Ideal for Small Spaces
If you’re short on counter or drawer space, a magnet is the answer. It sits right on a wall, and most people don’t mind sacrificing wall decor for the sake of functionality. A knife block, whether counter or drawer, will take up considerably more space. If that’s something you can’t spare, those aren’t the answer for you.
Best for Rentals
Hanging a knife magnet is more serious than putting up a picture with a nail. Screws are required, and those can cause damage to walls. For anyone who rents and is worried about the harm caused by a magnet, a knife block is a safer pick. It sits on a counter or in a drawer, so no defacing of your home is required.
wooDsom Customized Magnetic Knife Strip
What it’s best for: Hanging knives and shears, seeing everything from handle to tip, saving on counter space, aesthetics
This magnet comes in numerous attractive finishes, such as maple, oak, and walnut, and a host of lengths, from 8 to 36 inches (with an 8-inch board, we were able to fit two chef's knives and two utility knives). The food-safe wood finish is easy to clean, and the board itself is simple to install: Mounting hardware is included, and setup requires only a drill and screwdriver.
This magnetic knife strip can hold a variety of tools, such as kitchen shears, but it does have dead spots where the screws are that mount it to the wall, so you’ll want to hang with caution initially until you’re clear you’re avoiding those non-magnetic areas. The rest of the board, however, has very strong magnets, so you shouldn't ever have to worry about your cutlery falling down in the middle of the night.
For a more budget friendly option, we suggest the stainless steel Ouddy 16-inch Magnetic Knife Holder.
Wusthof Classic 9-Piece Knife Block Set
What it’s best for: Keeping blades covered and fingers safe, displaying on the counter, a whole new matching knife set with room for the collection to grow
High-carbon steel knives are included with the block for this set, so it’s a two-in-one win if you’re in the market for a new round of cutlery. This set is a classic one and includes the following: a 3.5-inch paring knife, 4.5-inch utility knife, 4.5-inch Asian utility knife (a Western-style kiritsuke), 5-inch serrated utility knife, 8-inch bread knife, 8-inch cook’s knife, 9-inch honing steel, and come-apart kitchen shears.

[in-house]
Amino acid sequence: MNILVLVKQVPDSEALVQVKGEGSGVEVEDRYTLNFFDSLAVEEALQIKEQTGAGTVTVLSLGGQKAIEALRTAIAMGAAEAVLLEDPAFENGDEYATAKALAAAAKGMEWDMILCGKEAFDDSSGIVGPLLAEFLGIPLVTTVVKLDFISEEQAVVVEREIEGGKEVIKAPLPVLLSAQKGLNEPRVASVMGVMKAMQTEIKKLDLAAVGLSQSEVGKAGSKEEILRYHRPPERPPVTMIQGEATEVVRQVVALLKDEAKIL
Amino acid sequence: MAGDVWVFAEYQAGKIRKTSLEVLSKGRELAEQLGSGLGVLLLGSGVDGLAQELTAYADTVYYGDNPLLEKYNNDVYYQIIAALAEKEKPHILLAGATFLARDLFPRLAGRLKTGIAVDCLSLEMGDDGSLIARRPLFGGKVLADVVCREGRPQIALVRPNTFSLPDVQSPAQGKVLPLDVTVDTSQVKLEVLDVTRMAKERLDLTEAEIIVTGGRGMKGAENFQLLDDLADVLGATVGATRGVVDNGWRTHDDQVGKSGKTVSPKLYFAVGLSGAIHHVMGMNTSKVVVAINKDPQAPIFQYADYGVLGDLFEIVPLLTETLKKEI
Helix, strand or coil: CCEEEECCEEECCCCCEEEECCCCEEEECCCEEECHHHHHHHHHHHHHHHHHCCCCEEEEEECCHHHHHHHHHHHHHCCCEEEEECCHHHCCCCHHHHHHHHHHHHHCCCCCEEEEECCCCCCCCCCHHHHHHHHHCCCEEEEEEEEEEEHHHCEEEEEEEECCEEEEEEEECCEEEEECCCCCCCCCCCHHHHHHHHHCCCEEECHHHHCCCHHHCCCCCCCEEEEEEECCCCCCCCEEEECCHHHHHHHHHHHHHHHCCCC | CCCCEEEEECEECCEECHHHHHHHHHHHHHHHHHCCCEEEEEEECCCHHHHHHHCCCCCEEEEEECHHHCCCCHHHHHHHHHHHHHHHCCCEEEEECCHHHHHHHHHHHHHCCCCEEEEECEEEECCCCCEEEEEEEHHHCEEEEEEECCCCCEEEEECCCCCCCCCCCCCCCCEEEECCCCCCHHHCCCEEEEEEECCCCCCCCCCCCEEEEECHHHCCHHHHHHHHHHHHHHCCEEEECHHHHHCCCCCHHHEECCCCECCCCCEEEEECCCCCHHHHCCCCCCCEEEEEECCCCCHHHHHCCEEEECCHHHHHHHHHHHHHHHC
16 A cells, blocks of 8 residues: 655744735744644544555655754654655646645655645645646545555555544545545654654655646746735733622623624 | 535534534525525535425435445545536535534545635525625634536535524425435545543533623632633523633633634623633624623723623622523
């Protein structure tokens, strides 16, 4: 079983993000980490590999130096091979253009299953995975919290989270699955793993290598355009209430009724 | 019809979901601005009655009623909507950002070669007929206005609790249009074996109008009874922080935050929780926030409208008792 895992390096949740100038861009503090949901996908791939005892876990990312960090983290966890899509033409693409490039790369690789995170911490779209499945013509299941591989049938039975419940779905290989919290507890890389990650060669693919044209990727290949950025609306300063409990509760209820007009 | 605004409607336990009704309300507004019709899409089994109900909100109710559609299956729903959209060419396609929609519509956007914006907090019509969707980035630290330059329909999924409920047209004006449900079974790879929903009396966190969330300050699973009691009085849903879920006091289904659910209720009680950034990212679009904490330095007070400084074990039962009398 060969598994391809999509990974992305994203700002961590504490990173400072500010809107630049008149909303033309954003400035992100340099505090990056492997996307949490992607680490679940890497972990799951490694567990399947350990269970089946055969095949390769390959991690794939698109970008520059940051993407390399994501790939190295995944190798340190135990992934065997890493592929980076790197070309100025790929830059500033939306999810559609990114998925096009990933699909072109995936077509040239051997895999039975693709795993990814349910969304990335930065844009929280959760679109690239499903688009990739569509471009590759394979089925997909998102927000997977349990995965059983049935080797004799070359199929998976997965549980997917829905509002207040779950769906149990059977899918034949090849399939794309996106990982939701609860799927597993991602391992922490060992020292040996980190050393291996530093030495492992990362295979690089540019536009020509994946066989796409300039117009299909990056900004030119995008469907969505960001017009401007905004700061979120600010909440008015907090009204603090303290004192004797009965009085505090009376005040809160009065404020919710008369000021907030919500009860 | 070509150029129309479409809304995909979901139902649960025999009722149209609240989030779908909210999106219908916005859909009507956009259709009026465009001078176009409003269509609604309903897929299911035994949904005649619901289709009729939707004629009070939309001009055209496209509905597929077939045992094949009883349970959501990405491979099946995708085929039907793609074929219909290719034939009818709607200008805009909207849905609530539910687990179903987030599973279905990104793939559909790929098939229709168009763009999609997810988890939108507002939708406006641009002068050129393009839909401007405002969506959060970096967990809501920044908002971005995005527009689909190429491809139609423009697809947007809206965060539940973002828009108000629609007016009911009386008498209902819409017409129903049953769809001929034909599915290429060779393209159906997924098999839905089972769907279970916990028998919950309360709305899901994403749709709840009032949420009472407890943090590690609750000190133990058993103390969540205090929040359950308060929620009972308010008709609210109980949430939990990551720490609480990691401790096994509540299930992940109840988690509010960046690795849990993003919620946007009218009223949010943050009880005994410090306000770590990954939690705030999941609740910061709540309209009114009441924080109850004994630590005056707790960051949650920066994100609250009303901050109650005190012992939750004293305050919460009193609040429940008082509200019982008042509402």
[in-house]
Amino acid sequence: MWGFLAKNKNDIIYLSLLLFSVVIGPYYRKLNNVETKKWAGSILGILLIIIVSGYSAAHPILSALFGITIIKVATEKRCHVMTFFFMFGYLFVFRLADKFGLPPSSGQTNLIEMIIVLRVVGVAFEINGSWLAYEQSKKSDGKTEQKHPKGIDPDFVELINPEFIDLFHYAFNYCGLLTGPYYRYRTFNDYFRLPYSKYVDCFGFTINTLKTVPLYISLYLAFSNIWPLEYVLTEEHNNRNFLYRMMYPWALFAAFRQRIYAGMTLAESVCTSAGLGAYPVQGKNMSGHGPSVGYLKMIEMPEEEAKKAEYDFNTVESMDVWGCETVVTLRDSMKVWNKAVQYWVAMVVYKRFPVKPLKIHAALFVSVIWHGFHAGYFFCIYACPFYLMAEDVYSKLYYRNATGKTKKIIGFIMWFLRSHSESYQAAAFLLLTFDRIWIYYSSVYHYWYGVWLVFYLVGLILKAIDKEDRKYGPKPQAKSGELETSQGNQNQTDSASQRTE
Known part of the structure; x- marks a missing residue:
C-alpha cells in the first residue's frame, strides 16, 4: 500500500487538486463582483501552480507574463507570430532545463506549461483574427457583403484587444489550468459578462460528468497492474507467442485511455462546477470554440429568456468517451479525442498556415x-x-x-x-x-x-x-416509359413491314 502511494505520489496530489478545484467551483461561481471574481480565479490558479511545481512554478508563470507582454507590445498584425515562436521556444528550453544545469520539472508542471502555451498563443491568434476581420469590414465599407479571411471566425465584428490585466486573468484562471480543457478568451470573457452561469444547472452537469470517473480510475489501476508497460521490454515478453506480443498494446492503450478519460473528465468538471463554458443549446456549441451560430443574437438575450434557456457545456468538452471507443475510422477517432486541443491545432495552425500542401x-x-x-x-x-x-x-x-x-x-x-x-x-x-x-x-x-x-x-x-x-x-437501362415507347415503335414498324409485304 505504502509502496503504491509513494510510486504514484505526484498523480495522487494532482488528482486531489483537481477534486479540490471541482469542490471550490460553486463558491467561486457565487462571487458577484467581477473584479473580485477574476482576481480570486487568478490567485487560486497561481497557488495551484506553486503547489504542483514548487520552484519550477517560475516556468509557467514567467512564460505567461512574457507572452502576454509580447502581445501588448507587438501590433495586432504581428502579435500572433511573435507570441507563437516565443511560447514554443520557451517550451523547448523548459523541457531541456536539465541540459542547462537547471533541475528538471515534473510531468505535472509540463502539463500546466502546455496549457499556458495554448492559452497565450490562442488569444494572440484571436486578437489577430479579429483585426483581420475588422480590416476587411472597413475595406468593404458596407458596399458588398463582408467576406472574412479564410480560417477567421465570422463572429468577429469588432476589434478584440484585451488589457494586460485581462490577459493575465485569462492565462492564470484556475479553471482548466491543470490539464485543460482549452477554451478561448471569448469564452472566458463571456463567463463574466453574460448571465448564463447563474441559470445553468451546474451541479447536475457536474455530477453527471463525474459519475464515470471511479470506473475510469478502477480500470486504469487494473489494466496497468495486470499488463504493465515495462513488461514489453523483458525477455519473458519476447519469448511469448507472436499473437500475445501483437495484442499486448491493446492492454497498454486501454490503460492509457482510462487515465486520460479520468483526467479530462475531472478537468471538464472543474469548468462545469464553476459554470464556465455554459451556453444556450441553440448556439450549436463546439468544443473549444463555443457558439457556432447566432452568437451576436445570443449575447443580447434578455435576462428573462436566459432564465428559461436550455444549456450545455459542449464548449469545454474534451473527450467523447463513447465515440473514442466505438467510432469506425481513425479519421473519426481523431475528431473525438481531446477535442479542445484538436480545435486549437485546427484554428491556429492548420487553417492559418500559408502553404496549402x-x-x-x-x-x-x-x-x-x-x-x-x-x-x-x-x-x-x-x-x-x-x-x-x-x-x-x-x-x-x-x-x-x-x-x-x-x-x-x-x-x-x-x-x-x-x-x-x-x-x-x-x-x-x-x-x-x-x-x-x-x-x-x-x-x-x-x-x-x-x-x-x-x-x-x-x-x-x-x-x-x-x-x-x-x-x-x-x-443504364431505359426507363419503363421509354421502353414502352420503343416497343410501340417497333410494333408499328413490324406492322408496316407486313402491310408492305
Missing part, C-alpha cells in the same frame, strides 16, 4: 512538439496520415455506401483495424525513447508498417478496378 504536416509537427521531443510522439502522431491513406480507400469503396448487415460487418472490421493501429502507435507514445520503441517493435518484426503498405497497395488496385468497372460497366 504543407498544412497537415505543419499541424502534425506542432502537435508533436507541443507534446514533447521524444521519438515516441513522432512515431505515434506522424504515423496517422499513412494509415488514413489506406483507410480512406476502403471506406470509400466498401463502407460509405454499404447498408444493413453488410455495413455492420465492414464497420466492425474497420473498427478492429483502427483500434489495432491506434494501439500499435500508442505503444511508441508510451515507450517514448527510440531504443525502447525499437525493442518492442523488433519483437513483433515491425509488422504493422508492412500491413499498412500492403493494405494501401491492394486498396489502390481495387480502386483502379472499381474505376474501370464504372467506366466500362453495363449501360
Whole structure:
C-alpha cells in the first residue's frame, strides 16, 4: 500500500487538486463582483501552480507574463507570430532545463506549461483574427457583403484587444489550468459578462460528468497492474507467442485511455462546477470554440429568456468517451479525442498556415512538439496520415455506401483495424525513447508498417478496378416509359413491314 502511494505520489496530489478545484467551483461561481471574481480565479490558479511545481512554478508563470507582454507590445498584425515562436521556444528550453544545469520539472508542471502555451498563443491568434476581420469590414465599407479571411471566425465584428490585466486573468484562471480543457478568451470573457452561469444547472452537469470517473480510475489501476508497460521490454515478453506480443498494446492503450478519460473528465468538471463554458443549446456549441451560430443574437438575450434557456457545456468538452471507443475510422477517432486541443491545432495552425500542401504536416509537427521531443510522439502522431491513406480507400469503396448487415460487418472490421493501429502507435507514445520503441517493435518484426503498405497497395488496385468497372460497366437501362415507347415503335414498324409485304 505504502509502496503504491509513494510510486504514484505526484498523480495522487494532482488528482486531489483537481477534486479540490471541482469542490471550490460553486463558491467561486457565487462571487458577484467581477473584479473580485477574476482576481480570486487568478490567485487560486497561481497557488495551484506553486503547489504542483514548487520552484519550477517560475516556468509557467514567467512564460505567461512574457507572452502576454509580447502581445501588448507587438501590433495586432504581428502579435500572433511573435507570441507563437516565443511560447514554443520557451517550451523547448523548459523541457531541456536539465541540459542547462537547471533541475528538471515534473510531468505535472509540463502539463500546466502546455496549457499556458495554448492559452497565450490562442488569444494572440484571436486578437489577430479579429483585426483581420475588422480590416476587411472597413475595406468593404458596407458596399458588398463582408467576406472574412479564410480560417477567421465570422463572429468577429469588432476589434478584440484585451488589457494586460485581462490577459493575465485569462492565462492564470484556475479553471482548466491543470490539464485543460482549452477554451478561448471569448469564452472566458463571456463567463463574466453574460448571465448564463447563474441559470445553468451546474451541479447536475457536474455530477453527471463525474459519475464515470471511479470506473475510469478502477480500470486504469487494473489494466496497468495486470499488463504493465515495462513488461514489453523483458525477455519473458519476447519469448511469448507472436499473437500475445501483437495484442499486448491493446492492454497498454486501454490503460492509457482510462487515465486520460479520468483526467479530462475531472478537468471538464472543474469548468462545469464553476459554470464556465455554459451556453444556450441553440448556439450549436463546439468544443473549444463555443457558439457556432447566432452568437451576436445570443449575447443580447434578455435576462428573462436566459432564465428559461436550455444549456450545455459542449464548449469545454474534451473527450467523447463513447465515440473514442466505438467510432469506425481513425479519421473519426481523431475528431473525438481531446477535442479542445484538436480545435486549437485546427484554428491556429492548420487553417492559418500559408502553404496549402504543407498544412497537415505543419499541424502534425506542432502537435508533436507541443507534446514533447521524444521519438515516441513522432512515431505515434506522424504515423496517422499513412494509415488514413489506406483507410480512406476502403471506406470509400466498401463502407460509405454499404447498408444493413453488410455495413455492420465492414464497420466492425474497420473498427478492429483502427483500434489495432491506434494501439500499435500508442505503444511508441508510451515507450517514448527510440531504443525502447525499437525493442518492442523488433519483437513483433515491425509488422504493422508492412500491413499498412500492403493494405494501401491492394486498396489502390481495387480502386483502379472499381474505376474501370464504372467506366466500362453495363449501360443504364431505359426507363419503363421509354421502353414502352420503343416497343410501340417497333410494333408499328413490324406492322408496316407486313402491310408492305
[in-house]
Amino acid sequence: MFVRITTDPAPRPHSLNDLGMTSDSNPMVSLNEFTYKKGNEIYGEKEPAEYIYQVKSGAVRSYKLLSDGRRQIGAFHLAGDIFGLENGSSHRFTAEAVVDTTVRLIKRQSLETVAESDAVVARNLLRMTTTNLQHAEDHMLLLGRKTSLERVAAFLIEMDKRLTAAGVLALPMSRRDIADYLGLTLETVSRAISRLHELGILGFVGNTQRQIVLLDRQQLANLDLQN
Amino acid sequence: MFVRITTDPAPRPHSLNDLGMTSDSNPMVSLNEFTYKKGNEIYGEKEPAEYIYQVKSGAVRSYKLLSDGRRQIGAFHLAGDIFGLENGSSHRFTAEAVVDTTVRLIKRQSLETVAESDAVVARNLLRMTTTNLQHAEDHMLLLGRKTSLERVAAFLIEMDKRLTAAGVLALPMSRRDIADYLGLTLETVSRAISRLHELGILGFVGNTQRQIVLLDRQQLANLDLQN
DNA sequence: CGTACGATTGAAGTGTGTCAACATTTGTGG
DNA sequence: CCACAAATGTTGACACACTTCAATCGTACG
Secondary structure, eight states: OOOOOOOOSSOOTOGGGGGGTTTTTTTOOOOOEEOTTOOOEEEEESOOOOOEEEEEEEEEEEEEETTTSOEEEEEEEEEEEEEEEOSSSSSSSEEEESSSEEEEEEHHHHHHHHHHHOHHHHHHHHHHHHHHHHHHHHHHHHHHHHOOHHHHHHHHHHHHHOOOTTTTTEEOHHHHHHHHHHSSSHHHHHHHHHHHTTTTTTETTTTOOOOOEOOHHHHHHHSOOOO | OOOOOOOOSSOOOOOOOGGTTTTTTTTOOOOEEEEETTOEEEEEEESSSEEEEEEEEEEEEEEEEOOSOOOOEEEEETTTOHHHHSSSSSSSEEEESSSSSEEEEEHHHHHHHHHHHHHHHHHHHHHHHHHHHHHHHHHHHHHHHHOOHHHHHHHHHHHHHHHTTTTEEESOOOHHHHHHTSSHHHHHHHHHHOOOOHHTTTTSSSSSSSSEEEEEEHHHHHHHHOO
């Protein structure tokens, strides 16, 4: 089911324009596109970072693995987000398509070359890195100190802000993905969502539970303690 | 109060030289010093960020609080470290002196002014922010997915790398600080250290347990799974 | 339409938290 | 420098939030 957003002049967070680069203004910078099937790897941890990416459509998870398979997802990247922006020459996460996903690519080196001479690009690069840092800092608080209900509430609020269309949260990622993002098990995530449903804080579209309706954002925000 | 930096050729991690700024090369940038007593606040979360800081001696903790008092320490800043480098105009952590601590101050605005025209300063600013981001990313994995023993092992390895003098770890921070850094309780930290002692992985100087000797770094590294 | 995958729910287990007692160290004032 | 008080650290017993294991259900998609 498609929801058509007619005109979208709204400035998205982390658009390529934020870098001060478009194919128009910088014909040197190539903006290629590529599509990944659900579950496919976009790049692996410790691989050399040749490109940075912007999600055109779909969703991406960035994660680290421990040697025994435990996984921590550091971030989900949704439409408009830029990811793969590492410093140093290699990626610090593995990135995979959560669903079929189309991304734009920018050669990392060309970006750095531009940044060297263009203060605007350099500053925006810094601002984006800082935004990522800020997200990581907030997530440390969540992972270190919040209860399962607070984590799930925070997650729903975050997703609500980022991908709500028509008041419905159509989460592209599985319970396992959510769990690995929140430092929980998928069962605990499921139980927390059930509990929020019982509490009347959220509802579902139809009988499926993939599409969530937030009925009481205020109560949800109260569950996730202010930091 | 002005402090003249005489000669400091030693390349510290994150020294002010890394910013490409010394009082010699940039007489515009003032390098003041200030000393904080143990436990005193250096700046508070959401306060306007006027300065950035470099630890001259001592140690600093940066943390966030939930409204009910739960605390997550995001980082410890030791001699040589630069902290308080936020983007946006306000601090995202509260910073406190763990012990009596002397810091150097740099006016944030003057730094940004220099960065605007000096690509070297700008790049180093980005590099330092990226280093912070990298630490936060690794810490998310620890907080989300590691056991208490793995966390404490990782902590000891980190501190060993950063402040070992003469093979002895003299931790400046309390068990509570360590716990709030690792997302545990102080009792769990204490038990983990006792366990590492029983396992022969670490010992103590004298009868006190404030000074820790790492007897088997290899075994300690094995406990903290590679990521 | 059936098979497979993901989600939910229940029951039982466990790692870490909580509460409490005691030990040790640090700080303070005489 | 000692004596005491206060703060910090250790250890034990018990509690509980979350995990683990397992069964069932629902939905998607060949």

We found the set’s design efficient and functional, considered the block sturdy, and felt that it looked lovely on the kitchen counter. The included knives have balanced, forged blades that were sharp right out of the box and able to slice and dice a mountain of herbs and vegetables. Plus, there are 15 slots and just nine included knives, so there's room for your collection to grow.
One potential hiccup with this option is that it is rather expensive. If the price of the Wusthof isn’t viable for you at this time, we suggest the Sabatier Sharpening Edgekeeper Pro 21-Piece Forged Triple Rivet Knife Block Set.
So, which should you buy?
Both knife blocks and magnets offer form and function, but in our book, in which safety and longevity are bigger priorities than appearance, the answer is clear: Knife blocks are better. If you don’t want to put your knives on the counter to take up space, a drawer block will still keep them safe and sound.
If you don't need something renter-friendly, want to show off your collection, or have a mismatched set that might not fit in a knife block, a knife magnet could work for you. Maybe you have a small kitchen space and want to save precious counter real estate but don't want to hide your tools away in a drawer—that's fine, too. At the end of the day, it's all about personal preference.
Why Trust The Spruce Eats?
Ariane Resnick is a special diet private chef, bestselling author of five books, and certified nutritionist. She stores her Shun knives in a block and shudders to think of how grimy knives on a magnet would get in a busy kitchen.